"For Mary and for Dave"
Advice & Support for Carers of Loved ones living with Dementia in South Warwickshire
Our Service is Completely Voluntary - Dementia Carer Experience Shared - Heather & Paul Dowler
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Receiving a diagnosis
If someone is concerned about having Alzheimer’s disease (or any other form of dementia) they should see the GP as soon as possible. It’s a good idea to take someone else along to any appointments, to give support and listen to what is said.
Receiving an early diagnosis of dementia is helpful for lots of reasons:
You will have an explanation for the symptoms and you will be able to get treatment, advice and support to prepare for the future and plan ahead.
There is no single test for Alzheimer’s disease. The GP will first need to
look into whether the person has other conditions that can have similar symptoms, such as infections, vitamin and thyroid deficiencies (which can be assessed from a blood test), depression and side effects of medication.
The doctor will also talk to the person, and someone who knows them well (where possible), about their medical history and how their symptoms are affecting their life. The GP or a practice nurse may ask the person to do some tests of their mental abilities.
The GP will make a diagnosis at this stage if they’re able to.
Often, however, they will need to refer the person to a specialist for a diagnosis, which can mean a wait of a few weeks. The specialist could be a psychiatrist who specialises in the mental health of older people – often based in a memory service facility.
This specialist will assess the person’s symptoms, and how they developed, in more detail. With Alzheimer’s disease the person’s memory will usually have become worse over several months. A family member may be more aware of these changes than the person themselves.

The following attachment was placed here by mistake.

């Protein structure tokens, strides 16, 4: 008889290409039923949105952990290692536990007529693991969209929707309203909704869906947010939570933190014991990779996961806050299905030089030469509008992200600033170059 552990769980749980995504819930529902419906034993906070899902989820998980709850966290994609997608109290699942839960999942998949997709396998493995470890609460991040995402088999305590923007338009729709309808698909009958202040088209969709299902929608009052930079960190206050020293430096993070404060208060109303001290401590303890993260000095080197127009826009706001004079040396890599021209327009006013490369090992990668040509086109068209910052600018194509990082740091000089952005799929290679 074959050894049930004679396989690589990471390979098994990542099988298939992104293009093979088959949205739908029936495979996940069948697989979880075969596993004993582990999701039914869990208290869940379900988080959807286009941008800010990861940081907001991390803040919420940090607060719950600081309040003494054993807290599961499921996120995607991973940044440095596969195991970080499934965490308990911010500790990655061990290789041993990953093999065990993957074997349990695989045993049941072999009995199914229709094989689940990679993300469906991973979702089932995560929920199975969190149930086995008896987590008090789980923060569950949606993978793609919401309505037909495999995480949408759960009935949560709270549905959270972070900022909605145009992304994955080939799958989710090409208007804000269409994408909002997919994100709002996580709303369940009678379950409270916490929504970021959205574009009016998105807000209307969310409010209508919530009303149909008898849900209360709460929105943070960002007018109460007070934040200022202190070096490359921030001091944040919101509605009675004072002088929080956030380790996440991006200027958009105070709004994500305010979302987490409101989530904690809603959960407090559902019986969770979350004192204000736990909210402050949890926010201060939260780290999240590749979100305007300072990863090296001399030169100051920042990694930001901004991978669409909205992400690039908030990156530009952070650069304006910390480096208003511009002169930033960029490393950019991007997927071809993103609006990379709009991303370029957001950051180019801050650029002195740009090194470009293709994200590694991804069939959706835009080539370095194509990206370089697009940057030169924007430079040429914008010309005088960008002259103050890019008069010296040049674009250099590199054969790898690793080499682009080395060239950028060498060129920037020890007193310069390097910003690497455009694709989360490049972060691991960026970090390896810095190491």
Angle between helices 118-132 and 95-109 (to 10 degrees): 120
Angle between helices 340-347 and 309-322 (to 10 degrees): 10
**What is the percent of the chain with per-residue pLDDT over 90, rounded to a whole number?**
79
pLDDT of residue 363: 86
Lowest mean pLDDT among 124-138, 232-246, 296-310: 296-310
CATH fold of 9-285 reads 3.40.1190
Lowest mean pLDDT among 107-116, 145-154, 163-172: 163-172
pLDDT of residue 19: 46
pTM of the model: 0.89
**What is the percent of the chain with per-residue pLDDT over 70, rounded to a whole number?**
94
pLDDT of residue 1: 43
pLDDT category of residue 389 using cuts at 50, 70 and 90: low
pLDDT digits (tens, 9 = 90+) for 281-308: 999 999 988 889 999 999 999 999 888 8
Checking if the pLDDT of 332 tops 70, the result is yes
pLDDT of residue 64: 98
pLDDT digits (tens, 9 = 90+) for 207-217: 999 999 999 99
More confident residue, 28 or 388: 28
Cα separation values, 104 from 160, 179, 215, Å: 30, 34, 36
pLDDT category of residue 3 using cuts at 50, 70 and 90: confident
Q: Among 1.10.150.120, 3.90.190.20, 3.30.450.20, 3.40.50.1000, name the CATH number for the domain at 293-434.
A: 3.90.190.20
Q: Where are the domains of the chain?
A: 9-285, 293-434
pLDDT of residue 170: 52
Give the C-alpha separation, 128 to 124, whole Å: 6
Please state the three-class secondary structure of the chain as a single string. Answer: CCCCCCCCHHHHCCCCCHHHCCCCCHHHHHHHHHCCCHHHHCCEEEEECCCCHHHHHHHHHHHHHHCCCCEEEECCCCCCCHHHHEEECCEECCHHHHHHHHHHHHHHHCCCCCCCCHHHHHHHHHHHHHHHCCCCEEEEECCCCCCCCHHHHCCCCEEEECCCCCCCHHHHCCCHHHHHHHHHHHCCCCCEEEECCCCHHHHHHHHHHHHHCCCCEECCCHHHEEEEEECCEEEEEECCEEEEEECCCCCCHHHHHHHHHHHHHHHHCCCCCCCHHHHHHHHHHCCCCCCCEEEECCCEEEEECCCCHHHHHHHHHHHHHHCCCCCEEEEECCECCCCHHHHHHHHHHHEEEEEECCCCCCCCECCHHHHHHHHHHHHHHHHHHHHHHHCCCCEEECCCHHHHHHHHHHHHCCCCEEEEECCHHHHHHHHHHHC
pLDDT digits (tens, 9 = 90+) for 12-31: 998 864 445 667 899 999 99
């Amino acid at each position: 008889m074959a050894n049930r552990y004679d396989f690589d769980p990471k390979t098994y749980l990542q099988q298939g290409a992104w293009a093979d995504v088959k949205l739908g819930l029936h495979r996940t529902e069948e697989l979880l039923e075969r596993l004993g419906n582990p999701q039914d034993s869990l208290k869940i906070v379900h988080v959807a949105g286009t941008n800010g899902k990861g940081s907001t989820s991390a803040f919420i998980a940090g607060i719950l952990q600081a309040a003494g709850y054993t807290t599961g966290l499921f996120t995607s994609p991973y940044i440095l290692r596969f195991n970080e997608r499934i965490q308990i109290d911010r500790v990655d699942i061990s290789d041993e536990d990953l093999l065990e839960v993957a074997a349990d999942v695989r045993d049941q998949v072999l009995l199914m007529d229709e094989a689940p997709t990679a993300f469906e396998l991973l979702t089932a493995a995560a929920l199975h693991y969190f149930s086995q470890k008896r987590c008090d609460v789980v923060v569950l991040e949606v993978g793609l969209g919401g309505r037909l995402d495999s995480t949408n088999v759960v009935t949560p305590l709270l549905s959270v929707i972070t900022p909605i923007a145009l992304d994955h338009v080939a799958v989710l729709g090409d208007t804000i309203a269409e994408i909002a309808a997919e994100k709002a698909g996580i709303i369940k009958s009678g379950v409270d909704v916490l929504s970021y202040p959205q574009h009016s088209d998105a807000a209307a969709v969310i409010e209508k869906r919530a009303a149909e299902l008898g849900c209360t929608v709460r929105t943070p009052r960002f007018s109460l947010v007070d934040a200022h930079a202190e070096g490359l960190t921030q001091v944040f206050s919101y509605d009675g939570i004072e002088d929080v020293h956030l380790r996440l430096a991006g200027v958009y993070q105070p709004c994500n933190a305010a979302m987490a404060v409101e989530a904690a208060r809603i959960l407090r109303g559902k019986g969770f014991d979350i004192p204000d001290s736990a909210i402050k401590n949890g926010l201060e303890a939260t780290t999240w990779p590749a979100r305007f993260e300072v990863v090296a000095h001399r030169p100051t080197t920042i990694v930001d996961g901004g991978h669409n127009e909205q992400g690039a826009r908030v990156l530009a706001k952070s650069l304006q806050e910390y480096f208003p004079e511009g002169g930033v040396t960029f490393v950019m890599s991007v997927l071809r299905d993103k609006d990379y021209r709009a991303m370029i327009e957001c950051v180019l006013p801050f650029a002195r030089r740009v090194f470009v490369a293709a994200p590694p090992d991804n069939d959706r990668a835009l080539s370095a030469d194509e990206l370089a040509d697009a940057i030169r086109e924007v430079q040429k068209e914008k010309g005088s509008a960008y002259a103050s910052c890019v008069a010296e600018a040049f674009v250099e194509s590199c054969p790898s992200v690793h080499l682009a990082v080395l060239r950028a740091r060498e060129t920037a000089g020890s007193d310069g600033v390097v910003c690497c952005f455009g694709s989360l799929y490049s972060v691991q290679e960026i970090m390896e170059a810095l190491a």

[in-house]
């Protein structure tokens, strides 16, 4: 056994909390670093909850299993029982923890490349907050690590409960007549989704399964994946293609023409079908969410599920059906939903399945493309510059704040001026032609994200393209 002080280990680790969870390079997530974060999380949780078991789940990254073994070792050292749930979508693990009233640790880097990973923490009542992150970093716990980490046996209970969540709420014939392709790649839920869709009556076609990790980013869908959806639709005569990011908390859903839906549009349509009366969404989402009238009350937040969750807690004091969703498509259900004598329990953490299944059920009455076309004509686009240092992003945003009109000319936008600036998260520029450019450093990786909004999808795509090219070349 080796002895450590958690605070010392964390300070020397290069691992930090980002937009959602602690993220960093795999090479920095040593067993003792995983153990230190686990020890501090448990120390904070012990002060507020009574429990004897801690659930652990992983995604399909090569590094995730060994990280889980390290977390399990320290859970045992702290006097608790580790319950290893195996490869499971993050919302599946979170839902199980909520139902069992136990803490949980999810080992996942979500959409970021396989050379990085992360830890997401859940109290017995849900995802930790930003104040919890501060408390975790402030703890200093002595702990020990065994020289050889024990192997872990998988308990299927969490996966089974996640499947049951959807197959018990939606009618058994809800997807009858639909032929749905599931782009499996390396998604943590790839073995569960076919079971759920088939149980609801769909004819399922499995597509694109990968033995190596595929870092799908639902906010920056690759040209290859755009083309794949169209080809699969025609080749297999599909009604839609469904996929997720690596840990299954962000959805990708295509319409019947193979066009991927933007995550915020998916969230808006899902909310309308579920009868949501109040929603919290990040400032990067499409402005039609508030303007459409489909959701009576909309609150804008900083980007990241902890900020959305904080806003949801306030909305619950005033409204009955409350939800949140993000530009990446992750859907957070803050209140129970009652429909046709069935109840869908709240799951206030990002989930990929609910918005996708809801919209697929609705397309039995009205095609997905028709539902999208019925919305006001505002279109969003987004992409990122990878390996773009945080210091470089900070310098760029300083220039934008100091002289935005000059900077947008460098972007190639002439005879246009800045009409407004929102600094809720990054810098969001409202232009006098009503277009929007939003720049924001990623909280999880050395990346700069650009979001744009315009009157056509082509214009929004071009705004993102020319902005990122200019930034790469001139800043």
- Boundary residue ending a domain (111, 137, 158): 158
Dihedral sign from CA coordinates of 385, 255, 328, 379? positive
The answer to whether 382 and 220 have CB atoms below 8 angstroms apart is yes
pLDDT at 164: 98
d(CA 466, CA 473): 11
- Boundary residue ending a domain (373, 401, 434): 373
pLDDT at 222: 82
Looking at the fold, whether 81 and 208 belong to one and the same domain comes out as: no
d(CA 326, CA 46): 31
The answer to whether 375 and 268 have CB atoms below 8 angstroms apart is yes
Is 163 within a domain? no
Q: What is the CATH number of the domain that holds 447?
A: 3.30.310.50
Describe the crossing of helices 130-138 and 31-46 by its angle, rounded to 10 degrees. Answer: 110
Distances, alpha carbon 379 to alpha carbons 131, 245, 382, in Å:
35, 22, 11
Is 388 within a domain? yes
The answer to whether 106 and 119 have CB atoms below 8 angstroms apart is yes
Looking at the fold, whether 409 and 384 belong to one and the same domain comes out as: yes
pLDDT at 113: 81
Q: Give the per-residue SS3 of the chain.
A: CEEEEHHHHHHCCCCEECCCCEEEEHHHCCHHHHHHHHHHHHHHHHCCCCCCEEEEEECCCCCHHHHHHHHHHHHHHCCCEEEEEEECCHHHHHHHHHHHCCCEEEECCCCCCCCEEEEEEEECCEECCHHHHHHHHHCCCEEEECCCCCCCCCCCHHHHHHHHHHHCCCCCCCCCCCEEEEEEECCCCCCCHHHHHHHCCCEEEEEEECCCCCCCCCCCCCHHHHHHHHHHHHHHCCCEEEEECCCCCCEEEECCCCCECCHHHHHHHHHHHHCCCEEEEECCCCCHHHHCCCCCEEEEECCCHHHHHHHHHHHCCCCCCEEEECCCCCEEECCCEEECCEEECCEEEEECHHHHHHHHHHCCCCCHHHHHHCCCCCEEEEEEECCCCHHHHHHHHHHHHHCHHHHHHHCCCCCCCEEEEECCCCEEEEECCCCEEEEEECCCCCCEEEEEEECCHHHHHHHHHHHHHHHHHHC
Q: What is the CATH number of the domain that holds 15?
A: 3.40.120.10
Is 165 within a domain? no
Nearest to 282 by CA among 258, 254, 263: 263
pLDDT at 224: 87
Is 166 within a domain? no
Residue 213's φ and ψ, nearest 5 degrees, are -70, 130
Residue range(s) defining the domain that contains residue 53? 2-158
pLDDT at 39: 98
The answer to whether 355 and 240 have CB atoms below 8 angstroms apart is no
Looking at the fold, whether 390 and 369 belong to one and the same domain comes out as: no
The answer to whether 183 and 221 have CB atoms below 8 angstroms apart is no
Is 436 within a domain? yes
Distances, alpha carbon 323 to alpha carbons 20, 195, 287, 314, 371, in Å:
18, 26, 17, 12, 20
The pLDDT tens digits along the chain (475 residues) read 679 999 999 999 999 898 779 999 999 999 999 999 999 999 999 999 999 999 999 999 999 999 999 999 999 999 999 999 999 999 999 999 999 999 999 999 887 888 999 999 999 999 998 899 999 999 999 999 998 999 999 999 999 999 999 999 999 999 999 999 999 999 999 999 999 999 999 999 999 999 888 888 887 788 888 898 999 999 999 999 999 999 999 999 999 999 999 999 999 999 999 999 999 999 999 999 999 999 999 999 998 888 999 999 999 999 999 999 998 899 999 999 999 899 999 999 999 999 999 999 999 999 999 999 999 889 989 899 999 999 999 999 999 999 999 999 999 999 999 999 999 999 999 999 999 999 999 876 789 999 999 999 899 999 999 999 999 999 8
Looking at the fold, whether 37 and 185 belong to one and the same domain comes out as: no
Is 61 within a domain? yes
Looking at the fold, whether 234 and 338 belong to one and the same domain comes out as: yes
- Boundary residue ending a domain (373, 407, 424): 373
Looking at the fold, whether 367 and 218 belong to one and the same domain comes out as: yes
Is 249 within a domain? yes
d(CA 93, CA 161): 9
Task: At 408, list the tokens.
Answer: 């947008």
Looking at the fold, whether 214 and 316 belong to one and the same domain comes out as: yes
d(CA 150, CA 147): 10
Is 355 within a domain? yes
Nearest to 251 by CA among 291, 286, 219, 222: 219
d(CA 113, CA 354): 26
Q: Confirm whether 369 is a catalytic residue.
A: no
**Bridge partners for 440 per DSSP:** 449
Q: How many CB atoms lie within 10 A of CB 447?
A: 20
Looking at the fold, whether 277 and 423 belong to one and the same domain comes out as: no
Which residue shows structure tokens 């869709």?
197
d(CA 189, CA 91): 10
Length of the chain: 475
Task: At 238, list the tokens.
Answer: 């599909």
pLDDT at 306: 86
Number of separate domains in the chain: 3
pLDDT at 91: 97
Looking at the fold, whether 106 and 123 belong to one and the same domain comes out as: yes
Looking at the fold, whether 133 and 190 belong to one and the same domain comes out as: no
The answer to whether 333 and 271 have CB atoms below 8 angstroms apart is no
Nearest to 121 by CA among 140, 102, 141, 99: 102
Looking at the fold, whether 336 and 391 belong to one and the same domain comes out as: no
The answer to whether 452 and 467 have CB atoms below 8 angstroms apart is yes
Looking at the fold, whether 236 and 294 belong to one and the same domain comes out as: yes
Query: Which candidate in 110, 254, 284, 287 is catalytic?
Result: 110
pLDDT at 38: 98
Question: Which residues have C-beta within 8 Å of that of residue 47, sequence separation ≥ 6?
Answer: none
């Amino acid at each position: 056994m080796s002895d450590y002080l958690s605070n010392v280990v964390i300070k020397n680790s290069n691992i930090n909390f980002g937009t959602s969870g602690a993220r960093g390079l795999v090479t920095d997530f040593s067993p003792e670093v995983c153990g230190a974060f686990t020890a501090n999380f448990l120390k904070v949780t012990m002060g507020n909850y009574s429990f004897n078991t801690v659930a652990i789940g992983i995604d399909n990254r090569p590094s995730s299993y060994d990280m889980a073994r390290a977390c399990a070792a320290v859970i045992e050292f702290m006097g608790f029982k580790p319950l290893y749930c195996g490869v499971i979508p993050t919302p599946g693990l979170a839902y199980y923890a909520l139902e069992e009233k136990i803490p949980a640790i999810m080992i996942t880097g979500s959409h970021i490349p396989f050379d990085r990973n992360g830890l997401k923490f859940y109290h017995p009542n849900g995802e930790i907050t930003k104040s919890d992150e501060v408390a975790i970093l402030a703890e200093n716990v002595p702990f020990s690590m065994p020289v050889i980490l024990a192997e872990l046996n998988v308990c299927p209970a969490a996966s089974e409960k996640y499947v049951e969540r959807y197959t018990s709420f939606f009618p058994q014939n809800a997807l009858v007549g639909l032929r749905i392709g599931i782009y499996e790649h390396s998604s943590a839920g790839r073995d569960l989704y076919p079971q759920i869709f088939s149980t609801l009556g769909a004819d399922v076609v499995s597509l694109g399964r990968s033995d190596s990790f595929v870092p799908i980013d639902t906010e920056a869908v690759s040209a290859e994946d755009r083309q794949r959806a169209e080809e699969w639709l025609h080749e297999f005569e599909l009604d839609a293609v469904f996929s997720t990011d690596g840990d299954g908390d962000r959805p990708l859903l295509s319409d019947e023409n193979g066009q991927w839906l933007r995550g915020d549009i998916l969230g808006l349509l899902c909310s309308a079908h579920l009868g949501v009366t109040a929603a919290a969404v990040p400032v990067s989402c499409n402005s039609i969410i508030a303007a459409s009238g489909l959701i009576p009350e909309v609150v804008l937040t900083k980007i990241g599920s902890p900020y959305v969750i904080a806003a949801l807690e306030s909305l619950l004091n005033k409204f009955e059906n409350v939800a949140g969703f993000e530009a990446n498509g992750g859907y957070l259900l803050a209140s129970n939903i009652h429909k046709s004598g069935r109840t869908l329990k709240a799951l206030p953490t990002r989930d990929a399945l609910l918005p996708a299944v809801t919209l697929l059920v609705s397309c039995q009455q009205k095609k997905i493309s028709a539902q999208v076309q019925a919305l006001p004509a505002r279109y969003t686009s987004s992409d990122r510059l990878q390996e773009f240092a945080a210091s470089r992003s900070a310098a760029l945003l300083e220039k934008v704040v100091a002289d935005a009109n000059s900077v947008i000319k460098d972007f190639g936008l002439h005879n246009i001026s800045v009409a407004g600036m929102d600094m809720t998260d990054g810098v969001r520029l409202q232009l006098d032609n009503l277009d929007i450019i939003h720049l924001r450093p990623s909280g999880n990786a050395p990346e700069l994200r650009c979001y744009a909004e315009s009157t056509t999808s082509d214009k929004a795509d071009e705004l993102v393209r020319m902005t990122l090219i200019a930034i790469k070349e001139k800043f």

The person will also do a test to assess their memory, thinking and other mental abilities. When someone with Alzheimer’s is tested, they will often forget things quite quickly. Often they won’t be able to recall them a few minutes later, even when they’re prompted.
The person may have a brain scan, which can show whether certain changes have taken place in the brain. There are a number of different types of brain scan. The most widely used are CT (computerised tomography) and MRI (magnetic resonance imaging). A brain scan can show whether the person has another condition that can have similar symptoms to Alzheimer’s, such as stroke, tumour or a build-up of fluid inside the brain. If the scan shows the person has dementia, it may also help to show whether this is Alzheimer’s disease or another type of dementia. In a person with Alzheimer’s disease, a brain scan may show that the hippocampus and the brain tissue around it have shrunk.
The doctor who tells someone they have Alzheimer’s disease should do so sensitively and clearly by speaking directly to the person and usually also to a carer, family member or friend close to them. This should include advice for the person with dementia about what happens next.